The Courts have readily implied the following terms into design and build contracts.

  1. That the work will be carried out in a workmanlike manner.
  2. That materials of good quality will be used.
  3. That the materials and work (including the design) will be reasonably fit for their respective purposes.

The constructor’s duty to design a building fit for its purpose is an absolute duty independent of negligence.  It is a duty which is greater than that imposed upon a designer employed solely to design, who would only be liable if (in the absence of an express provision) he was negligent.

Therefore, if you carry out work on a design and build basis, and it is not fit for purpose, you will, in the absence of an express provision, be liable in tort for breach of a duty of care

What’s Wrong With Fitness For Purpose?

The problem in trying to get one’s head around this, is that “guaranteeing a result” and “fitness for purpose” have become confused.  There is nothing at all wrong with asking you to produce an installation that meets specified performance requirements. That is exactly what you are being paid to do.

The problem arises because you are not just meeting specified criteria, you are guaranteeing that what you install will meet the Employer’s needs irrespective of what you knew or didn’t know, and irrespective of what the Employer actually asked for!

Why Does It Matter?

A reason why the distinction between these two levels of responsibility is so contentious is because most professional indemnity (“PI”) policies will cover you only in the event of a claim arising out of your professional negligence (i.e. a failure to exercise reasonable skill and care).

This leaves you uninsured against a contractual claim for breach of a fitness for purpose obligation.  Not only do PI policies generally expressly exclude a fitness for purpose risk (since it is difficult to quantify this risk in respect of both probability of occurrence and magnitude of loss), some may even be completely invalidated.


It is of fundamental importance for both you and the Contractor/Client to consider the issues relating to risk and responsibility when negotiating any construction contract, but particularly where design and build are combined.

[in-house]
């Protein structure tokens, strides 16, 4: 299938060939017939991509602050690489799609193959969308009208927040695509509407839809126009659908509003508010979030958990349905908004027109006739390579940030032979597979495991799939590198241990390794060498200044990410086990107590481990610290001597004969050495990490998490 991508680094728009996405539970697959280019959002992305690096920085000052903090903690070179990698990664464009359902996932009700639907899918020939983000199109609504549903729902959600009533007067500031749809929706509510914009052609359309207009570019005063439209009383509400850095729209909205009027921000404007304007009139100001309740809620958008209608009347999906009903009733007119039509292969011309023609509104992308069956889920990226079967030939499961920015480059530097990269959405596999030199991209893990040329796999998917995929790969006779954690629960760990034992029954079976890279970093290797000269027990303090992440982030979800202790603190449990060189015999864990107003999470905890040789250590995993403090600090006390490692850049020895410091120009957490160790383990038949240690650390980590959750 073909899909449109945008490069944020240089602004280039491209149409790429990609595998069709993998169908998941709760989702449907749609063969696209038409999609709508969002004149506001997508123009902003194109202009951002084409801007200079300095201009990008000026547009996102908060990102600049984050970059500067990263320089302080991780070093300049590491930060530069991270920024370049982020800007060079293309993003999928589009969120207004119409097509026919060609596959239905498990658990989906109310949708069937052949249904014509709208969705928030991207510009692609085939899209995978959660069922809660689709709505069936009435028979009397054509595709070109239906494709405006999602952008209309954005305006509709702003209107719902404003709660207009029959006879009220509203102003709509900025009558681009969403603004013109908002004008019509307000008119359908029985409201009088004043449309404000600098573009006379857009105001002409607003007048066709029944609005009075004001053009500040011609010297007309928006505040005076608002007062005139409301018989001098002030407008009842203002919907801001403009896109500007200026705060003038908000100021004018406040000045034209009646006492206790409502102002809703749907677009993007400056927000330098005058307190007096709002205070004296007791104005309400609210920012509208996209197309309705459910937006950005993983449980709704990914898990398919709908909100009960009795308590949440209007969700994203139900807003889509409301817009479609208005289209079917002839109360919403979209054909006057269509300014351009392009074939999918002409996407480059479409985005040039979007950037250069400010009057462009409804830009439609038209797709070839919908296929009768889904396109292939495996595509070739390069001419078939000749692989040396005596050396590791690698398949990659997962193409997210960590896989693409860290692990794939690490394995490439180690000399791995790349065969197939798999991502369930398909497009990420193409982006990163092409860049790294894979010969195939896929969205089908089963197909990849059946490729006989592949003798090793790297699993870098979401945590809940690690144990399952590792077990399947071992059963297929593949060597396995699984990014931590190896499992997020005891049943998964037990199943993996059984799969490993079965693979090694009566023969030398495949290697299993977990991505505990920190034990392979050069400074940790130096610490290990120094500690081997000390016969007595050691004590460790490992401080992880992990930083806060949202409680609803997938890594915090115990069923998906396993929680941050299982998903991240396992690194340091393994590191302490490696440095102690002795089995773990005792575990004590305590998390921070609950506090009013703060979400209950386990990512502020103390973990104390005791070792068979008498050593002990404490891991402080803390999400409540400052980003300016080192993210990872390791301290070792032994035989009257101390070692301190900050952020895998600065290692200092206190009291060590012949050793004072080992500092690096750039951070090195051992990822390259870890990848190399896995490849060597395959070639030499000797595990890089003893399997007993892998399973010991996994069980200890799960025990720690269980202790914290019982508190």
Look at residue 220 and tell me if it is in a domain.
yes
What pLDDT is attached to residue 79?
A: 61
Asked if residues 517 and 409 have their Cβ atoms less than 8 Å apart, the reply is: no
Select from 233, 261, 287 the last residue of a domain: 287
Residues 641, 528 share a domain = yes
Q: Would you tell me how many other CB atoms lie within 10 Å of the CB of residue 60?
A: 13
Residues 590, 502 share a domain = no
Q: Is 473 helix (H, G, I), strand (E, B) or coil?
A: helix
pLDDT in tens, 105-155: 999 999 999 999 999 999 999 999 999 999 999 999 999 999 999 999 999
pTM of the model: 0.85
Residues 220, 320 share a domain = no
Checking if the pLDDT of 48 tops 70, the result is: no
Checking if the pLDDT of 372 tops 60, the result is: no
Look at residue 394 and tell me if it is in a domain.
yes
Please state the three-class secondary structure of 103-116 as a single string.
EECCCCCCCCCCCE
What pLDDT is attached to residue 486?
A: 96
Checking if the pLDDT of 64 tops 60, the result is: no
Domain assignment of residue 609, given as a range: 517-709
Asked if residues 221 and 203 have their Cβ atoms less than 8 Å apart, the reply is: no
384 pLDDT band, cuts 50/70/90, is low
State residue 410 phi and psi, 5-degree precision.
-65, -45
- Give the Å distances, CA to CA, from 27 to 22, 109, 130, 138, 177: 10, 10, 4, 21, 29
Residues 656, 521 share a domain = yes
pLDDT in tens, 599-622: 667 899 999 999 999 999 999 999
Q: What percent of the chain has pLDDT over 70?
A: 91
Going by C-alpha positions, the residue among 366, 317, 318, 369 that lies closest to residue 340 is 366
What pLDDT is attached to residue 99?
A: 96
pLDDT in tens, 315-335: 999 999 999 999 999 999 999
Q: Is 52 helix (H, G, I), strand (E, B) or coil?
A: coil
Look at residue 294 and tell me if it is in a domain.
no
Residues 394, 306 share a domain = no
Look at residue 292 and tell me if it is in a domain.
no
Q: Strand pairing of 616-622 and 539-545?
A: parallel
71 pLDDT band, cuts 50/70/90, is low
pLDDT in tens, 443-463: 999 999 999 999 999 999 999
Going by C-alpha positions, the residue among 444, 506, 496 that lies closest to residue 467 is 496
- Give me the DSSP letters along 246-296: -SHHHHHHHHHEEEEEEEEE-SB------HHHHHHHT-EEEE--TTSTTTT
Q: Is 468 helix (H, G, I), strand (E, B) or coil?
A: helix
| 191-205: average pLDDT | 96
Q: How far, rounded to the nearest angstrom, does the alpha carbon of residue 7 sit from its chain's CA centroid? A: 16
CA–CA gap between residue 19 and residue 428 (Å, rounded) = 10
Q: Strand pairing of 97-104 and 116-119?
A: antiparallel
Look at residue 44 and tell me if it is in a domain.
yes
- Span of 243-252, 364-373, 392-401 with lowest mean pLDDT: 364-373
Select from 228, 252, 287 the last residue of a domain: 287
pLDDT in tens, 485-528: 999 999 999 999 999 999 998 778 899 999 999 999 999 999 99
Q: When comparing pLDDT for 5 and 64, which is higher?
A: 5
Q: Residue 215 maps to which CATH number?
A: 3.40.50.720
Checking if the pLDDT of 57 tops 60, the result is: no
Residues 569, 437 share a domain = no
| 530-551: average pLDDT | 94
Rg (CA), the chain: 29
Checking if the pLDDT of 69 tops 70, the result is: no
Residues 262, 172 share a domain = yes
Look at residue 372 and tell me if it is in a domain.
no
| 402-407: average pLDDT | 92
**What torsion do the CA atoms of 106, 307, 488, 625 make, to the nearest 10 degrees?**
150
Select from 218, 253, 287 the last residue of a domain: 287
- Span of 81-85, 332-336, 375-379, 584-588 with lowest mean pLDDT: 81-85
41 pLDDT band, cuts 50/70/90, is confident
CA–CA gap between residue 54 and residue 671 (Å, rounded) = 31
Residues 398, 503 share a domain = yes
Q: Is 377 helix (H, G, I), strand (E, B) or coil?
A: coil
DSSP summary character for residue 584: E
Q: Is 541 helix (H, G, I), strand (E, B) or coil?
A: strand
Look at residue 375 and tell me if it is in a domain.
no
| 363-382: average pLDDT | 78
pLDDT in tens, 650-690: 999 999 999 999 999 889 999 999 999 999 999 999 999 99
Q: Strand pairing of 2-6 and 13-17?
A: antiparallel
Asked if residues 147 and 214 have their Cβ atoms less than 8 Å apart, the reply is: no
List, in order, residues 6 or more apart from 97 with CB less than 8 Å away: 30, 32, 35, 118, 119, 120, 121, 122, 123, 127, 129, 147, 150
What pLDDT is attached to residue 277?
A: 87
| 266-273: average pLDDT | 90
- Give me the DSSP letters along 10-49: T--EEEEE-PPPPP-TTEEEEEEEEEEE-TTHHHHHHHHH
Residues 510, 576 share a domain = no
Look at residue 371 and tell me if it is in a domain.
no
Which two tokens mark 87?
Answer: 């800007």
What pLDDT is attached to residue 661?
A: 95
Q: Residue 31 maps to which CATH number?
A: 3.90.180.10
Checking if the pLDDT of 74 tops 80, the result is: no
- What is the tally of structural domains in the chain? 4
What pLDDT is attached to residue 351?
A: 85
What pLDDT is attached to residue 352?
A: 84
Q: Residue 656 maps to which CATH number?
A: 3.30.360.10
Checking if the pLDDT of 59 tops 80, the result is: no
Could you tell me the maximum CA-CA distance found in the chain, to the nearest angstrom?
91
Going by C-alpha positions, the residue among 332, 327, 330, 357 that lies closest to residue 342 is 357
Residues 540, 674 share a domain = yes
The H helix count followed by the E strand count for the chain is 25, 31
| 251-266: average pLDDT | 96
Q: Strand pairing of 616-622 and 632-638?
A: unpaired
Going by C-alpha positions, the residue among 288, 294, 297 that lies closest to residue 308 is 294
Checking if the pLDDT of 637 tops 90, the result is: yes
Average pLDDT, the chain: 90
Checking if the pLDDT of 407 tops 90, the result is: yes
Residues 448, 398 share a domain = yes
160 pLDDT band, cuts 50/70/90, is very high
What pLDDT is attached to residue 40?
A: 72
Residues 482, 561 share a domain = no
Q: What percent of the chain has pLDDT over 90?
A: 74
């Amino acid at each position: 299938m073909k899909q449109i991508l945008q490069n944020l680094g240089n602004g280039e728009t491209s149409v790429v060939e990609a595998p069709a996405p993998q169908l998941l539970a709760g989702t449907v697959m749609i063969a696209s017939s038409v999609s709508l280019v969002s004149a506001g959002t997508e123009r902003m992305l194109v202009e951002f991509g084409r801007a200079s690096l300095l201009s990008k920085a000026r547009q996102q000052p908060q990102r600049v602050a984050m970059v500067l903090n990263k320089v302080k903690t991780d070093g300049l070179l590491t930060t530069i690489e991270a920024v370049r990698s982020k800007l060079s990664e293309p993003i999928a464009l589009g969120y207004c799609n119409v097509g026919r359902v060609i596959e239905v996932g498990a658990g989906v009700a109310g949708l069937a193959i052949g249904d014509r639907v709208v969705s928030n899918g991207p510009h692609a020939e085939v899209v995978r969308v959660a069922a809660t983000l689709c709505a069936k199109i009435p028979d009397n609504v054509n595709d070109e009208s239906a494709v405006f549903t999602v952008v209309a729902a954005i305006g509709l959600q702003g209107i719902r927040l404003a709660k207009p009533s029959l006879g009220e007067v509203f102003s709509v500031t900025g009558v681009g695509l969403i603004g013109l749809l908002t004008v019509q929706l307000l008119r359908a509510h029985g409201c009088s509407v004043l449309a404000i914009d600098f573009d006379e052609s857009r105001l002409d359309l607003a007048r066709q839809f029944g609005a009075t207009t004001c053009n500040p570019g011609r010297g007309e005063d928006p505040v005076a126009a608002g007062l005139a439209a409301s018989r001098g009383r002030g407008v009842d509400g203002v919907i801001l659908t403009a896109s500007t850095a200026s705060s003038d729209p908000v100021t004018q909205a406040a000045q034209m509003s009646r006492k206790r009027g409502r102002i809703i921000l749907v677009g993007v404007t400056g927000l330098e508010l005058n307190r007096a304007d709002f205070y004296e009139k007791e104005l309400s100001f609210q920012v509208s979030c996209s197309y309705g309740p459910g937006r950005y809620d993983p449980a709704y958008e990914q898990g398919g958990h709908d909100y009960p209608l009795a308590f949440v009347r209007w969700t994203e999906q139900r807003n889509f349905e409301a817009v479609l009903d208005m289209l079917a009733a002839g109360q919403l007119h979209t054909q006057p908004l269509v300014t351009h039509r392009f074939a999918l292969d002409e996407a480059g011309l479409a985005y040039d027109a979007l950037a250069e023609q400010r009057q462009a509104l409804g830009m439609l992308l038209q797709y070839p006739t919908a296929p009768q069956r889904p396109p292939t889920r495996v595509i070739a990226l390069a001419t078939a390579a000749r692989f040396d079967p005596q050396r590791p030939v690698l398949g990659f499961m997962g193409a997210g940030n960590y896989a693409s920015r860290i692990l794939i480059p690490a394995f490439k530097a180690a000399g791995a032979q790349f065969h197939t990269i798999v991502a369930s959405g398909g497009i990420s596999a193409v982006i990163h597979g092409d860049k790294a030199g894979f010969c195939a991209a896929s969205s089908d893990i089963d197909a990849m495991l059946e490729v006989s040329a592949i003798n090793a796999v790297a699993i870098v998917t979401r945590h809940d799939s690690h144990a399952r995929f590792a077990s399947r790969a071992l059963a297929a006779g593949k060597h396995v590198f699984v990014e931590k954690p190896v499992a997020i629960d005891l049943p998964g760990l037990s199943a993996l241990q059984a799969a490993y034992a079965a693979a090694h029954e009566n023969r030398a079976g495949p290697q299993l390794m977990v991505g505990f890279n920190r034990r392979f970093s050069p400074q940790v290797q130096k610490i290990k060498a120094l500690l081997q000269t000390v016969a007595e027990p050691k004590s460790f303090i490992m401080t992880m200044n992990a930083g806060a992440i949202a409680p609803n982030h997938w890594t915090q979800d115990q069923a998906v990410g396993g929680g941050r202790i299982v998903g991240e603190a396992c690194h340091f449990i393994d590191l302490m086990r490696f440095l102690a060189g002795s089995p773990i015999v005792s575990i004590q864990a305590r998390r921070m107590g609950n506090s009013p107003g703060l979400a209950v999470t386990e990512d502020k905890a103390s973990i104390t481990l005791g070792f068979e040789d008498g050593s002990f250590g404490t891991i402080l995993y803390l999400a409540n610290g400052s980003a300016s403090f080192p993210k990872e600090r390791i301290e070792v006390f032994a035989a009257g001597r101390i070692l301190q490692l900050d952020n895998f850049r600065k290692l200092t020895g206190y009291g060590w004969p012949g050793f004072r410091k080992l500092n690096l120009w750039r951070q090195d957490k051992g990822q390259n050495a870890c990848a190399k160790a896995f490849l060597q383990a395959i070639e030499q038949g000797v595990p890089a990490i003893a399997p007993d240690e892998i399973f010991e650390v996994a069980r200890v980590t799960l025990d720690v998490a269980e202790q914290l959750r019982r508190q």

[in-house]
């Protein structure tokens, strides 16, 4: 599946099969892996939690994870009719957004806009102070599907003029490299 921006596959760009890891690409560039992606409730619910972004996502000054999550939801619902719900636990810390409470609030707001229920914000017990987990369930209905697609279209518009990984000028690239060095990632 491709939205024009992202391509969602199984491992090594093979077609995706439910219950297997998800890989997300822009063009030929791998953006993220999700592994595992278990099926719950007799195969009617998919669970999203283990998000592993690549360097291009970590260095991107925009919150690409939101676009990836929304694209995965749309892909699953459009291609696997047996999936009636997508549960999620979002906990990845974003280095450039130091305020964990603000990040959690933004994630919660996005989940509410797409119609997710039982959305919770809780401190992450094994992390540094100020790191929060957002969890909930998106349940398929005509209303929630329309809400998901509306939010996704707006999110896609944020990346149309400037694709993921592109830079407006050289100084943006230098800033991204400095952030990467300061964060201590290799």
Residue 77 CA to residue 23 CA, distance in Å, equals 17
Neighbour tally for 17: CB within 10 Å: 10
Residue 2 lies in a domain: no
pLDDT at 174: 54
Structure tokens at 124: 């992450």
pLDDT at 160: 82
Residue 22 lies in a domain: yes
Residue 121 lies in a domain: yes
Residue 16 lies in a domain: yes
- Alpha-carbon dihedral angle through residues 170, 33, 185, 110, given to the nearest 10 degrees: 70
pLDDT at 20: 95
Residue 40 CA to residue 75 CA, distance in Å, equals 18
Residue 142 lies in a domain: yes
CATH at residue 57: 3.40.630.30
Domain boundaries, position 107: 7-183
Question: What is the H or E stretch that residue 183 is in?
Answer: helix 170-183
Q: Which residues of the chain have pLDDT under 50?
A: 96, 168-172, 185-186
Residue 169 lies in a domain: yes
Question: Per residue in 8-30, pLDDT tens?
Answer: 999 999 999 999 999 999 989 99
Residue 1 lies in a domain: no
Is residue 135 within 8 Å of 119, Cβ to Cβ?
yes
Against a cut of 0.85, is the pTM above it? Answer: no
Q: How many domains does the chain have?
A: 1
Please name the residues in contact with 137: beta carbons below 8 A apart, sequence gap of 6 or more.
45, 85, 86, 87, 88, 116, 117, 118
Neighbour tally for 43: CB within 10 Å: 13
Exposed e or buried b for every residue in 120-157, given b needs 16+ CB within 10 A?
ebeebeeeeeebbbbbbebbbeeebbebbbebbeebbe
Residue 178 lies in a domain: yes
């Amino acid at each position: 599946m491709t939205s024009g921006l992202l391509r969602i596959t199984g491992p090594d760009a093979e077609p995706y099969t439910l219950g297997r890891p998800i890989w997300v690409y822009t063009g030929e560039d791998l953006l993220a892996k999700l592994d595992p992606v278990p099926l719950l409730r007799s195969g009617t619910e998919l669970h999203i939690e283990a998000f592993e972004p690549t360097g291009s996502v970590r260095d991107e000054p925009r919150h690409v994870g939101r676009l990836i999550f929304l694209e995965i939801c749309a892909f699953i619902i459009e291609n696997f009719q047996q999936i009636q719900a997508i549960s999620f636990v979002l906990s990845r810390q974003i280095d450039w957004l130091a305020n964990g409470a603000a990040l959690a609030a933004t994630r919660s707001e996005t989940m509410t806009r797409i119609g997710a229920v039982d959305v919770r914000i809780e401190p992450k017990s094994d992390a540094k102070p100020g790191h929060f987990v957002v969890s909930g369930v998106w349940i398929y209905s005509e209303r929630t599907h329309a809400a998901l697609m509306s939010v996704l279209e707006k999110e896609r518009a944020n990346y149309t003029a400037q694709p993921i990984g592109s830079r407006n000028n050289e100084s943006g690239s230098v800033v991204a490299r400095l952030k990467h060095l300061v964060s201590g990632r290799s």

And it is absolutely essential that you don’t go around exercising choices or making what are effectively design decisions without understanding what you are doing and the enormous risk you are taking.

Absolute obligations for fitness for purpose relating to design should be approached with caution and removed or diluted where possible.  This must be done irrespective of whether or not that obligation arises by way of express wording, or by “accident” i.e. where the contract is silent about limiting your design liability.

The risk of performance to the onerous standard of fitness for purpose, must first be identified and, if necessary, removed or counterbalanced by seeking to limit your overall liability under the contract.  But you must always take account of the consequences for your PI cover.

After all, what’s the point of paying a very expensive premium, if you are then going to void that cover by not understanding what you are actually doing.

So, back to my joiner and door example: “What type and size screws do you want in these hinges Mr Designer?”

Want To Know More?

We not only provide great free advice via our web site, but we also provide practical hands-on help to apply the right strategies, principles and techniques at the appropriate time, to make your business even more successful.

I have been assisting Specialist Contractors just like you, to resolve liability for design and all sorts of other problems for the last 30 years.  And, via our network of Consultants has been providing services to our Buddies (members) for the last 12 years.

We are pretty confident that we can help you, so please feel free to call our friendly team and speak directly to an expert on 01773 712116.  Initial advice is free, subject to you being a UK based Specialist Contractor, Trade Contractor or Subcontractor.